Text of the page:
On Thursday, March 23rd, the College Republicans and College Democrats held a debate on the 2nd Amendment and gun control. On the Republican side, Riley Compton and Maggie Malecki were in favor of less restriction on fire arms; while the Democrats, represented by Veronica Weyhrauch and Katierose Epstein, argued for more restrictions on the sale of guns.
The debate kicked off with each side’s opposing interpretations of the 2nd Amendment. The Democrats opened by declaring that the 2nd Amendment was “worded poorly,” without elaborating. This began a theme of rationalizing gun restrictions, while still claiming that the Democratic Party “doesn’t want to take your guns.” The Republicans began by affirming their belief in liberty and in the right to self-defense.
Half-way through the hour long debate, Weyhrauch expressed the desire to see the assault weapons ban of 1994, which was allowed to expire under President Bush, re-instituted. In response to this assertion, Compton asked Weyhrauch for her definition of an “assault weapon.” After a good deal of silence, she murmured that the amount of rounds that could be fired “automatically” determined whether or not a gun is an assault weapon. The Republicans referred to the definition of an assault weapon from the 1994 ban – pointing out that assault weapons were merely defined as guns having two or more cosmetic features, none of which affected the fire rate, or ammunition capacity, of a gun.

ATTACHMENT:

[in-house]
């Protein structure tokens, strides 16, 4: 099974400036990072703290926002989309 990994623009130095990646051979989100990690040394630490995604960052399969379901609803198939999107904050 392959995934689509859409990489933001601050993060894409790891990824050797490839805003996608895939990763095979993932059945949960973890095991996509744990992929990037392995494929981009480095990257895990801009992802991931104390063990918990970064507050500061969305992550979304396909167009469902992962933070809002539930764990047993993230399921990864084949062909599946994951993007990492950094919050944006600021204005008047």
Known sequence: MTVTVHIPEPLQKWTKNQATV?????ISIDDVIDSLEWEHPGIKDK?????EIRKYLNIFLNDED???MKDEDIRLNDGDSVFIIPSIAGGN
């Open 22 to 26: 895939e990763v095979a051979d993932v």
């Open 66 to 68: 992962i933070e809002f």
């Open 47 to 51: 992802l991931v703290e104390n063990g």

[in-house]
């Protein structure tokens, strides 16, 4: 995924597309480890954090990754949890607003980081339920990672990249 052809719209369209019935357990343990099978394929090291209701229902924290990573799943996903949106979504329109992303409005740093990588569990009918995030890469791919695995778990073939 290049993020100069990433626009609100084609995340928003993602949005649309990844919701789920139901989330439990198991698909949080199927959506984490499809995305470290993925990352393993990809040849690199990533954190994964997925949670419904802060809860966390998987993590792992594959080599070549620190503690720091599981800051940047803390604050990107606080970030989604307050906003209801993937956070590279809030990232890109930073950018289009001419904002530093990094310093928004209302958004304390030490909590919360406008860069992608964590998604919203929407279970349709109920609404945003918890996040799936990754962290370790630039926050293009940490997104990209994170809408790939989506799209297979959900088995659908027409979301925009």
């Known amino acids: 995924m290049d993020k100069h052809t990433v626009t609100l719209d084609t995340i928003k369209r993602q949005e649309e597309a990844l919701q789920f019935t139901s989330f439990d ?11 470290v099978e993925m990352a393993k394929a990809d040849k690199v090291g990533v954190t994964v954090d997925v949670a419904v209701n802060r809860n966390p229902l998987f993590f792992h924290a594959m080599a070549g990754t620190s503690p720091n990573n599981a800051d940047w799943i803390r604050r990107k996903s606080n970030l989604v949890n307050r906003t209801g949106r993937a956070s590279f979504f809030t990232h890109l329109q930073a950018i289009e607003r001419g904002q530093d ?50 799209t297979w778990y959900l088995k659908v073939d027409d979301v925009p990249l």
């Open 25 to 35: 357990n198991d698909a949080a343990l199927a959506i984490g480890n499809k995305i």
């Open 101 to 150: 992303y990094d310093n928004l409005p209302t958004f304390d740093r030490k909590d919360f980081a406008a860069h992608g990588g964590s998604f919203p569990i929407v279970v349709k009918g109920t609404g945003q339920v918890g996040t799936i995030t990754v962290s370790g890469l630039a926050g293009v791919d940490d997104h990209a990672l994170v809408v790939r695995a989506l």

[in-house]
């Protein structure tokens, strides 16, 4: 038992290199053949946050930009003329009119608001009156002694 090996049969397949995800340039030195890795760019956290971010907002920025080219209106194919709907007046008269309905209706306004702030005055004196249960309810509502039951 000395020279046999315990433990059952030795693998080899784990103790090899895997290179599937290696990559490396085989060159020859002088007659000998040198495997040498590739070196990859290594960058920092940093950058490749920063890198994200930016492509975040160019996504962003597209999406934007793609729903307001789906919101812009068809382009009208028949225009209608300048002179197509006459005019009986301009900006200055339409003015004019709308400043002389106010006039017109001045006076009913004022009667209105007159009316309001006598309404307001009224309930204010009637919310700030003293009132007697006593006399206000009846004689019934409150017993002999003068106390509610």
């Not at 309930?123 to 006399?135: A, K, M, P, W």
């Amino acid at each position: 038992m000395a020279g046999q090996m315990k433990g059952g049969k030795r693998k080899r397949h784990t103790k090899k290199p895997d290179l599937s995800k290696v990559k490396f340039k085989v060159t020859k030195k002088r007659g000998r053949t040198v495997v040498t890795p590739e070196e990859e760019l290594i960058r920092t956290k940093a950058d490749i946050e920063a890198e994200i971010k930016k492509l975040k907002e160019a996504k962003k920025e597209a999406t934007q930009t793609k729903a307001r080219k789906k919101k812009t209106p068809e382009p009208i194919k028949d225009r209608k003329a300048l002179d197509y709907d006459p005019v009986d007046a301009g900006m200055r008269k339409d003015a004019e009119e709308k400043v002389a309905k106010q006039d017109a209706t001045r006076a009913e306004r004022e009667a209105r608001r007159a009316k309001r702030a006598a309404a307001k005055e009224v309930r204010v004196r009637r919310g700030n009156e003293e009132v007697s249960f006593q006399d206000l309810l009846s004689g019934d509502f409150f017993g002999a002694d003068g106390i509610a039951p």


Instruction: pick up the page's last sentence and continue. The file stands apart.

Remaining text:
At several points throughout the debate, the Democrats asserted that society should not need so-called “good guys with guns,” because law enforcement had the training to resolve violent situations more safely. The Republicans responded that for most areas, it takes 11 minutes or more for law enforcement to arrive to any given scene. That’s more than enough time for bad guys with guns to commit crimes and escape.
Each side closed with their standard party talking points. Republicans asserted that all humans have a natural right to self-preservation and that a government should never interfere with that right. The Democrats once again assured the audience that they “don’t want your guns,” but that it was still necessary to have “common sense” gun control.
Overall, the Republicans presented themselves more professionally and appeared better prepared. The debate was a successful one in that many who attended surely were able to consider a point of view they previously had not.